[Pt] Publication type:JOURNAL ARTICLE
[Em] Entry month:1710
[Cu] Class update date: 171103
[Lr] Last revision date:171103
[St] Status:Publisher

  8 / 19652 MEDLINE  
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[PMID]: 28925014
[Au] Autor:Amano M; Namiki T; Yoshioka Y; Arima Y; Kato K; Nojima K; Hanafusa T; Tokoro S; Miura K; Yokozeki H
[Ad] Address:Department of Dermatology, Graduate School of Medical and Dental Sciences, Tokyo Medical and Dental University, 1-5-45, Yushima, Bunkyo-ku, Tokyo, 113-8510, Japan.
[Ti] Title:Necrotizing fasciitis of the lower leg caused by Escherichia coli, and an association with pyogenic spondylitis.
[So] Source:Clin Exp Dermatol;42(8):918-920, 2017 Dec.
[Is] ISSN:1365-2230
[Cp] Country of publication:England
[La] Language:eng
[Pt] Publication type:LETTER
[Em] Entry month:1709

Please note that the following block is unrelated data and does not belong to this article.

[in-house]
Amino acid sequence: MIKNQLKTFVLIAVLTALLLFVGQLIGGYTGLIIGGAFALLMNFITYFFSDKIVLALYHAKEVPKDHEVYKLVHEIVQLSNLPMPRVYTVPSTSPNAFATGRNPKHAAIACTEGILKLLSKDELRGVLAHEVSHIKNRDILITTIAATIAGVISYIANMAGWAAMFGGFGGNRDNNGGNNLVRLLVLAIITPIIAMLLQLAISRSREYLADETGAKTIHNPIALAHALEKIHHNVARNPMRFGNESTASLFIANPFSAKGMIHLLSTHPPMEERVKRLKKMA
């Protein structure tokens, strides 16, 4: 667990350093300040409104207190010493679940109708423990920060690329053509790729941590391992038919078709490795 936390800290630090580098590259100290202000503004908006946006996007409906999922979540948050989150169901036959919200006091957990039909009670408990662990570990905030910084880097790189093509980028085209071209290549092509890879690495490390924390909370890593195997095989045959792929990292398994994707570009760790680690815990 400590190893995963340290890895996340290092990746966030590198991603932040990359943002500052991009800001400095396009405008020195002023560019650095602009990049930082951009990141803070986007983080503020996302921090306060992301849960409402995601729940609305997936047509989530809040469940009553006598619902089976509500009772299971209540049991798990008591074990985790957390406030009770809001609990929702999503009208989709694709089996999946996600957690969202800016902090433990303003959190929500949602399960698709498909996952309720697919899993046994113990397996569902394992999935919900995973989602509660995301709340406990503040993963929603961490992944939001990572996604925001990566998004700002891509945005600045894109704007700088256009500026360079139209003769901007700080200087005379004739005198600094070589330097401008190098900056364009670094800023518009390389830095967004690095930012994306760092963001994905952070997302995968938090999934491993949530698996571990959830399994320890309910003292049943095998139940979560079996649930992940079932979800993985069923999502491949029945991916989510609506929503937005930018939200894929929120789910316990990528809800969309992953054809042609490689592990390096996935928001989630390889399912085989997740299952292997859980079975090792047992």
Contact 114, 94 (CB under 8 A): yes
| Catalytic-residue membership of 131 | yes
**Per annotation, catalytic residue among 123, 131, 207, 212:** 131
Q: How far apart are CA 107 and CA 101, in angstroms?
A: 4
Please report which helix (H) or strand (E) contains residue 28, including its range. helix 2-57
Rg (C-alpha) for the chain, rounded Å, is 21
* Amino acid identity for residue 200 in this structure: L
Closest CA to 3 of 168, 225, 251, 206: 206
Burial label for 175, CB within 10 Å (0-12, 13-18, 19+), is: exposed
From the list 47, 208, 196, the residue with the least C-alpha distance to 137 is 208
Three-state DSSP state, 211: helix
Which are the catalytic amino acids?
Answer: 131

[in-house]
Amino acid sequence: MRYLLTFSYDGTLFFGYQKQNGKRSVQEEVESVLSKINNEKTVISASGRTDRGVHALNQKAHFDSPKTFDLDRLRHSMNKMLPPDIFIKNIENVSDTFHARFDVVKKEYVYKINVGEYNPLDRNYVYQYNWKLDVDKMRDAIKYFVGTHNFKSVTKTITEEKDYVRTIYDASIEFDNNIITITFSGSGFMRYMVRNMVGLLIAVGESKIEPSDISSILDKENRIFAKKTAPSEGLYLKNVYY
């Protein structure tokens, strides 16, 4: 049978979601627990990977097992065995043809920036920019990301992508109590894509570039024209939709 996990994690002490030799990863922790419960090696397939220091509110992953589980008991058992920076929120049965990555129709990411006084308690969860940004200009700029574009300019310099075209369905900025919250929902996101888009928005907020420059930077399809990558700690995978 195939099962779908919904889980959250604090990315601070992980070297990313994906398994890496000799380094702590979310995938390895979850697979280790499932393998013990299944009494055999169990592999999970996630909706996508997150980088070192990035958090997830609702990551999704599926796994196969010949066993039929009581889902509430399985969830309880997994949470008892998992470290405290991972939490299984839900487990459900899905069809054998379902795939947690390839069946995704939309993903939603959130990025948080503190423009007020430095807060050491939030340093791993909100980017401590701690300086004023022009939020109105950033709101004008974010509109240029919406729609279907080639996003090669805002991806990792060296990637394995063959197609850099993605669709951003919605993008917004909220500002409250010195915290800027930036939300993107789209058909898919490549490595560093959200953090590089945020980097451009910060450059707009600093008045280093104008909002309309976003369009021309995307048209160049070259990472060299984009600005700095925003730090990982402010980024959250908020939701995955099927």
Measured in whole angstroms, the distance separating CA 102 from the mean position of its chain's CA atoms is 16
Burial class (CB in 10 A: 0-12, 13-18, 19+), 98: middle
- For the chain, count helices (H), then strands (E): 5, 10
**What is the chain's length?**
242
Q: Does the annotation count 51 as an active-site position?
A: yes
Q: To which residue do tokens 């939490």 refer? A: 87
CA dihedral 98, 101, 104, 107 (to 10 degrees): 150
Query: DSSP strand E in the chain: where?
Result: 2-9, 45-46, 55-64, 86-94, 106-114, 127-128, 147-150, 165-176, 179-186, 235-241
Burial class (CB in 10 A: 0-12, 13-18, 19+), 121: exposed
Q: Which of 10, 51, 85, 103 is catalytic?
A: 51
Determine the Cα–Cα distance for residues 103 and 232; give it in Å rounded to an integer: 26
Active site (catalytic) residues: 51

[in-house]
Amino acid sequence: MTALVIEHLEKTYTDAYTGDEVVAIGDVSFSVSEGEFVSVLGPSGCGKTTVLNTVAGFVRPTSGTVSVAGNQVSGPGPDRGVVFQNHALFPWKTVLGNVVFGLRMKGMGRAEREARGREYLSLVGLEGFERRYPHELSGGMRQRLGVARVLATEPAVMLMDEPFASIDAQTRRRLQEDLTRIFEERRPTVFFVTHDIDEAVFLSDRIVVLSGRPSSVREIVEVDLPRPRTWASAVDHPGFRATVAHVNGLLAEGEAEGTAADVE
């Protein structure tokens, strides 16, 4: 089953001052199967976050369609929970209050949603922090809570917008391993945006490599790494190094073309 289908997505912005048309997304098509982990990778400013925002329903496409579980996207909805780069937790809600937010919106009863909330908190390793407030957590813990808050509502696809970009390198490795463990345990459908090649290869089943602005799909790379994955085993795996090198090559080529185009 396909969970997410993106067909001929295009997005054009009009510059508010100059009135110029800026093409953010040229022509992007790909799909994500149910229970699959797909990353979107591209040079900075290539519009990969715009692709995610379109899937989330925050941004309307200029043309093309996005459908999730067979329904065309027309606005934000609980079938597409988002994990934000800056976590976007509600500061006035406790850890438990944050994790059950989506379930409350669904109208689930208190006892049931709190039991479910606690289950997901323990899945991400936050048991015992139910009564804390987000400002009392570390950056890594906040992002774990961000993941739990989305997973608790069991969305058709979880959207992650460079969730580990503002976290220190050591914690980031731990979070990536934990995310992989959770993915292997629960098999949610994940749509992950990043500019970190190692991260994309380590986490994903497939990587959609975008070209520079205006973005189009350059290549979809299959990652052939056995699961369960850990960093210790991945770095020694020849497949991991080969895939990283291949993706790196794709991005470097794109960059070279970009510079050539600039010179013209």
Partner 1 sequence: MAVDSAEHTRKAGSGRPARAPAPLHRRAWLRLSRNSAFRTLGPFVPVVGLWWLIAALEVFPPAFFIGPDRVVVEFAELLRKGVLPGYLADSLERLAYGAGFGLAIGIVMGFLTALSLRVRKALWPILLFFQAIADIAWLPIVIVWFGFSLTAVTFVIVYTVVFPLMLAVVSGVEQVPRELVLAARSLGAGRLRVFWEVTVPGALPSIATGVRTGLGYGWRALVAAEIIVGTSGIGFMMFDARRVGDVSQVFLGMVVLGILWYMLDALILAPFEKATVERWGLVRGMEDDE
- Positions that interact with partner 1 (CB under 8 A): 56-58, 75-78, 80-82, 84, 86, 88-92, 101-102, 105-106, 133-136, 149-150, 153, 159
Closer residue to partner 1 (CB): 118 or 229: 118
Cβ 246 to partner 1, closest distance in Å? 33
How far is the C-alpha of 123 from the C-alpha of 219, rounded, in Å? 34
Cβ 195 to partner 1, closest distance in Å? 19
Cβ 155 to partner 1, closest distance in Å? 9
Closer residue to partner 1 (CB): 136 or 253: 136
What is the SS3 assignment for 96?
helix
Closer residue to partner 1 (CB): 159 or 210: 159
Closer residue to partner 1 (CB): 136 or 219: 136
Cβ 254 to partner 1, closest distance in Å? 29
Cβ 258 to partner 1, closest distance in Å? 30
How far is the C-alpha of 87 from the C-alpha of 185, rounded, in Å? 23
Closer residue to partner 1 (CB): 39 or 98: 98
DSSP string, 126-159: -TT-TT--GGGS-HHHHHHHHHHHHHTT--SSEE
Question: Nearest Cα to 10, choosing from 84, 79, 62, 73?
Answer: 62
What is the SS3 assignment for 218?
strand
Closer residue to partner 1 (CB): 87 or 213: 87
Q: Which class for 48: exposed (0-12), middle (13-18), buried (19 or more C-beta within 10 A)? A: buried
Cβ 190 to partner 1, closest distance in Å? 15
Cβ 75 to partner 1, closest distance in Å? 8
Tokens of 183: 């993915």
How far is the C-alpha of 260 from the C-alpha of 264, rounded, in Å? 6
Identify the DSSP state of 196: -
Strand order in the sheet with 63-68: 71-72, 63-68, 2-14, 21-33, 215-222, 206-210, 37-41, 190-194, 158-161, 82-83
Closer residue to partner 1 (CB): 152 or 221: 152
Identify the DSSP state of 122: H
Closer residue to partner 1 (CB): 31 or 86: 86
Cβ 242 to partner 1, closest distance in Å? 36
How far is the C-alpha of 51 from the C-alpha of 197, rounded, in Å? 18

[Cu] Class update date: 171103
[Lr] Last revision date:171103
[St] Status:In-Data-Review
[do] DOI:10.1111/ced.13209

  9 / 19652 MEDLINE  
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[PMID]: 28814069
[Au] Autor:Kim BY; Kim HS
[Ad] Address:Division of Rheumatology, Department of Internal Medicine, Gangneung Asan Hospital, University of Ulsan College of Medicine, Gangneung, Korea.
[Ti] Title:Phlegmonous gastritis in an ankylosing spondylitis patient treated with infliximab.
[So] Source:Korean J Intern Med;32(5):945-946, 2017 09.
[Is] ISSN:2005-6648
[Cp] Country of publication:Korea (South)
[La] Language:eng
[Pt] Publication type:JOURNAL ARTICLE
[Em] Entry month:1708
[Cu] Class update date: 171103
[Lr] Last revision date:171103
[St] Status:In-Process
[do] DOI:10.3904/kjim.2016.158

  10 / 19652 MEDLINE  
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[PMID]: 28129484
[Au] Autor:George MD; Baker JF; Hsu JY; Wu Q; Xie F; Chen L; Yun H; Curtis JR
[Ad] Address:University of Pennsylvania, Philadelphia.
[Ti] Title:Perioperative Timing of Infliximab and the Risk of Serious Infection After Elective Hip and Knee Arthroplasty.
[So] Source:Arthritis Care Res (Hoboken);, 2017 Jan 27.
[Is] ISSN:2151-4658
[Cp] Country of publication:United States
[La] Language:eng